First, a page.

RED Pushes Hybrid Imaging Forward with 'Smart' Canon Lens Mount
One of the reasons you hear so much about cameras on this site is not because cameras are all that important — which camera you shoot on is only a tiny part of the decision-making that goes into making a film — but because at no time in history has motion picture imaging changed so rapidly as right now. One of the ways it’s changing most significantly is in the convergence between still and motion imaging, and RED is at the forefront with their DSMCs. Their latest news is that they will soon start shipping their Canon mount, and it brings a lot of firsts to the table for a serious motion picture camera.
First of all, if you’re planning on using the same camera for stills as you are for feature films, suddenly that PL mount might not be optimal for all conditions. Movies typically use manual focus, stills typically use autofocus. Even though I have the Eg-S Super Precision Matte Focusing Screen installed in my 5D Mark II, when it comes to looking at a 21 megapixel image, I invariably discover that I still can’t focus all that accurately with my primes. So it follows that it’d be nice to use Canon’s proven autofocus lenses, complete with all of their features. From RED’s Jarred Land, here are some details on the RED Canon mount, which has already been used by Vincent Laforet:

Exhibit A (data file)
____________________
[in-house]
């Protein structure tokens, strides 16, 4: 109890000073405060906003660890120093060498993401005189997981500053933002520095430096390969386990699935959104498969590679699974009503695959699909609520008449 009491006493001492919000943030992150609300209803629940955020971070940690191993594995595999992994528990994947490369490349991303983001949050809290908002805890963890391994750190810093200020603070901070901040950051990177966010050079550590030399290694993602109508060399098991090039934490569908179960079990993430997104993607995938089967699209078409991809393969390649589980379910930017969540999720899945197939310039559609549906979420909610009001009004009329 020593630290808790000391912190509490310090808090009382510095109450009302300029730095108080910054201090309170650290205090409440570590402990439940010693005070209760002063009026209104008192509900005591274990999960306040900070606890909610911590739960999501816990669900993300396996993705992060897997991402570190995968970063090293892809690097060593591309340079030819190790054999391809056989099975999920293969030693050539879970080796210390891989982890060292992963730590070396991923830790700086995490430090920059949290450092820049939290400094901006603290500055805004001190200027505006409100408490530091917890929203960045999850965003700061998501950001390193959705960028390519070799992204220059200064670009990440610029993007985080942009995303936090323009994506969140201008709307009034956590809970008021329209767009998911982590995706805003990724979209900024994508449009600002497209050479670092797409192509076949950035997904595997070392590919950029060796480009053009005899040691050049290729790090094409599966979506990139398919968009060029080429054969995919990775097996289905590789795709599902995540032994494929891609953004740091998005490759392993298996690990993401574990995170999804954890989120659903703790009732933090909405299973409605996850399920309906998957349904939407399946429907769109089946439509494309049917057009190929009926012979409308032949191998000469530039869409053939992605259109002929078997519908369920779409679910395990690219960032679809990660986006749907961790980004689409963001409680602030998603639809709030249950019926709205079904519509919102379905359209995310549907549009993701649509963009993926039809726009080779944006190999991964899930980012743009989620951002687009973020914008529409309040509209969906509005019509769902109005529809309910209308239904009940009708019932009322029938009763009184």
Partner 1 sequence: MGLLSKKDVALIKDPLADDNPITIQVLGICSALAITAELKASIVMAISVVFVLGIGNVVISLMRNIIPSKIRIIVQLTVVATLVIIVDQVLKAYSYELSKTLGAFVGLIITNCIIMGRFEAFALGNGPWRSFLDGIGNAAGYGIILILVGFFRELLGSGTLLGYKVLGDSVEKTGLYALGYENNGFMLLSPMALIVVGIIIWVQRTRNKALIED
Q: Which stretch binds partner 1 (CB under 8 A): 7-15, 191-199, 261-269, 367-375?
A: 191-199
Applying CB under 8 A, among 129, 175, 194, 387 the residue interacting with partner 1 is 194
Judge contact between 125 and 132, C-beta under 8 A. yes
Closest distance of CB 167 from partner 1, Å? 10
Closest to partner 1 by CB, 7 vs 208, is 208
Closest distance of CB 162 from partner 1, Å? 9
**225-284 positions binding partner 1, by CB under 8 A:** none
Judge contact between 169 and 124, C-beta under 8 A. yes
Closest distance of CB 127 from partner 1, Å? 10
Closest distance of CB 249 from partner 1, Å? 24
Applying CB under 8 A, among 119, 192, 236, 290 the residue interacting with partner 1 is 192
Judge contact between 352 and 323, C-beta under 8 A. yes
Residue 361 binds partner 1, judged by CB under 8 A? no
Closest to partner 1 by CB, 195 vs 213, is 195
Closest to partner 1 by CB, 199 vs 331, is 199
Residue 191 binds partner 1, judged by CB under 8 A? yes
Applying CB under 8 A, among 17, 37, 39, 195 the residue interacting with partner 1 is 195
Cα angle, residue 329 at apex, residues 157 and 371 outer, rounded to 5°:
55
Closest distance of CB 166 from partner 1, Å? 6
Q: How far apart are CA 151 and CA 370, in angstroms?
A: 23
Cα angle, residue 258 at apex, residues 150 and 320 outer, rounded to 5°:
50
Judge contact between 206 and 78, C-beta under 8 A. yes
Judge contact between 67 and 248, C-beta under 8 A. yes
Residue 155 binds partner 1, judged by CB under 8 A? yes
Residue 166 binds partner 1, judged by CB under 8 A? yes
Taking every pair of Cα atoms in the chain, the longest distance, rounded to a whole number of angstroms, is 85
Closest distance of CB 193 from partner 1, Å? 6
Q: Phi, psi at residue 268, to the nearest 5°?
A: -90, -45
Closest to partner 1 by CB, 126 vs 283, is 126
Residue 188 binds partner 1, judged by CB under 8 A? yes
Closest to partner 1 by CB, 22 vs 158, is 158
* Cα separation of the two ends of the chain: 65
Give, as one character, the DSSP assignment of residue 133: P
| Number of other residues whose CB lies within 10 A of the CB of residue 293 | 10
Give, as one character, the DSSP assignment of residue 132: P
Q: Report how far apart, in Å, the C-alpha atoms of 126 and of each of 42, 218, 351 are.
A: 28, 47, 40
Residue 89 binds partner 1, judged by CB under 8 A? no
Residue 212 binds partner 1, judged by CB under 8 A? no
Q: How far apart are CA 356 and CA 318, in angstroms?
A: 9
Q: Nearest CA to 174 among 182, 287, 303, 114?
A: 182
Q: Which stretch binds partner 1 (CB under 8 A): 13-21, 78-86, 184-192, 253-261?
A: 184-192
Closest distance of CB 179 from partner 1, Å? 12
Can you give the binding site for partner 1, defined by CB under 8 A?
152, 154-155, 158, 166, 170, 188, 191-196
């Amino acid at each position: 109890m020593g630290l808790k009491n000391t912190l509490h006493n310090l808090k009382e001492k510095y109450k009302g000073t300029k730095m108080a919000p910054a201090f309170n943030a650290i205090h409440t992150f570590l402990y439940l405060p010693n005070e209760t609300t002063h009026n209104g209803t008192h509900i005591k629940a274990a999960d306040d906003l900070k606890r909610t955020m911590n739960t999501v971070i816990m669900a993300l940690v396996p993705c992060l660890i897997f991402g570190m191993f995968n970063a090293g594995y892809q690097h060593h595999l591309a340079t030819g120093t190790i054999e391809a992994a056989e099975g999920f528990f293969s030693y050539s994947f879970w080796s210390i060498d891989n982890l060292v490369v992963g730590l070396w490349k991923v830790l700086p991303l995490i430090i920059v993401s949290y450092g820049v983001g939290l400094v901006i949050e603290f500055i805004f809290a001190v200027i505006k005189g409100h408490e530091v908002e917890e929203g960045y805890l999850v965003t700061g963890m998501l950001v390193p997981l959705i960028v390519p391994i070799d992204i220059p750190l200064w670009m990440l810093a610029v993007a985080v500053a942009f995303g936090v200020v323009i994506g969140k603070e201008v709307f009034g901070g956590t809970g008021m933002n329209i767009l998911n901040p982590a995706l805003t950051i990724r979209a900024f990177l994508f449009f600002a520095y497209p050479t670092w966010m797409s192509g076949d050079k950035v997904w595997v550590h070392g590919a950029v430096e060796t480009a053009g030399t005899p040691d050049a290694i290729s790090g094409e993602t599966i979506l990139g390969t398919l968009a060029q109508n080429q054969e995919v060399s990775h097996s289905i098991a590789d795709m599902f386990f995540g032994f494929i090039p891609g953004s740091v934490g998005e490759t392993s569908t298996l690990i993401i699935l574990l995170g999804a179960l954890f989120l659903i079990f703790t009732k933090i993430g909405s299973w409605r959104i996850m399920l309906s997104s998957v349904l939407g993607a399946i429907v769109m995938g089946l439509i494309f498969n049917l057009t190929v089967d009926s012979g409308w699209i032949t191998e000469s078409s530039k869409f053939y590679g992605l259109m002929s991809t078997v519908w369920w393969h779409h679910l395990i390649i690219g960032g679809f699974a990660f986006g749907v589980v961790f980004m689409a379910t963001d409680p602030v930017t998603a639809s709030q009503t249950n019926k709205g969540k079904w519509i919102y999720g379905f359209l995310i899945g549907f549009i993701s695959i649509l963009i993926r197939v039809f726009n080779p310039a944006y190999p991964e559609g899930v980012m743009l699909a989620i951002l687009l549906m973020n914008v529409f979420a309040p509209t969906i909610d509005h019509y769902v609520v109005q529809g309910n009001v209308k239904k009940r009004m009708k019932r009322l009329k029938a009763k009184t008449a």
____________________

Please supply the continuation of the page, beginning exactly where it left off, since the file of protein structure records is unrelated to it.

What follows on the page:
- The Canon lens mount is “SMART” which means it controls camera Iris, Image Stabilization, and Autofocus electronically, via the various control options with EPIC ( touch screen, side handle, REDMOTE )
- All lens data available from the lens will be stored in the R3D metadata. There is on screen displays for iris stop, focal length ( including zooms ) and the current focus distance in inches or mm.
- Image Stabilization is functional on the entire stabilized lens lineup.
- Deposits will open on RED.COM in the store in the next couple days. Price for the smart Titanium Canon mount is $2000.
There is a very long list of supported lenses in the thread, so serious Canon photographers should rejoice at the fact that their lenses will work on the EPIC. Until this lens mount comes out, the potential for the EPIC as a stills camera is severely limited; it’s a big deal. As I said at the top of the post — at no time in history has motion picture imaging changed so rapidly as right now (this includes, in addition to hybrid still/motion imaging, the increased resolution and sensitivity of digital motion picture cameras, 3D (both with and without glasses), and plenoptic imaging). Stay tuned!